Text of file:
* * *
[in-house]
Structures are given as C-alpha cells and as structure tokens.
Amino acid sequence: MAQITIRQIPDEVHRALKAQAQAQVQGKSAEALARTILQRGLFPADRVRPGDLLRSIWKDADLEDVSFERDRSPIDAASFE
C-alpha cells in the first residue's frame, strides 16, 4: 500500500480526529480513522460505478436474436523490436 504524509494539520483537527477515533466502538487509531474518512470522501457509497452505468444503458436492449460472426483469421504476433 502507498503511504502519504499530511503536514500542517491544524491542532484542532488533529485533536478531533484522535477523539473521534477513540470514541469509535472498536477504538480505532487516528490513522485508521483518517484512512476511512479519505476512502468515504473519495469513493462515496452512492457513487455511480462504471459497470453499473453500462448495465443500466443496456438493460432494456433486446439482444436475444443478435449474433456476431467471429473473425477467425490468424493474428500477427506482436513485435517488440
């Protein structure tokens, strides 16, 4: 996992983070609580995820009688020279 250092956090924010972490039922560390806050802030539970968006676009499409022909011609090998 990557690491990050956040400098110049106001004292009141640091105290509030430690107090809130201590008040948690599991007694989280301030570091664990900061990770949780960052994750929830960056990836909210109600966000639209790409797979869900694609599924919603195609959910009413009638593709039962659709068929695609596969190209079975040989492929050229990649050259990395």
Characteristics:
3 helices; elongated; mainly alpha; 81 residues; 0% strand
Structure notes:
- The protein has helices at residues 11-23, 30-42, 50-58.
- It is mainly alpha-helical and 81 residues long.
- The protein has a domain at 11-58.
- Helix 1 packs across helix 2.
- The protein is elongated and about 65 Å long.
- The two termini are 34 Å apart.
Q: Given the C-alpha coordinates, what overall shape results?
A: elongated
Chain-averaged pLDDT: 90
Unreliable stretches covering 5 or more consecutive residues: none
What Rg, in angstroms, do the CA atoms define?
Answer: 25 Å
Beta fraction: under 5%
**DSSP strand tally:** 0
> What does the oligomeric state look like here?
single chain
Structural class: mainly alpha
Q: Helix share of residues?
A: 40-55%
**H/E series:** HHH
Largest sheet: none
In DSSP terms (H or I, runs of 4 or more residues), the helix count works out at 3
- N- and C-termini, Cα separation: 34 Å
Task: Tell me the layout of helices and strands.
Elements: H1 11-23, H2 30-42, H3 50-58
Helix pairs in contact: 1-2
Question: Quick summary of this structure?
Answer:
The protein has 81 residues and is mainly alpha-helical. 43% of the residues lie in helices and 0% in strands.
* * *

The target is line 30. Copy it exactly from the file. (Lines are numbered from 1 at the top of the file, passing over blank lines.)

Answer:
In DSSP terms (H or I, runs of 4 or more residues), the helix count works out at 3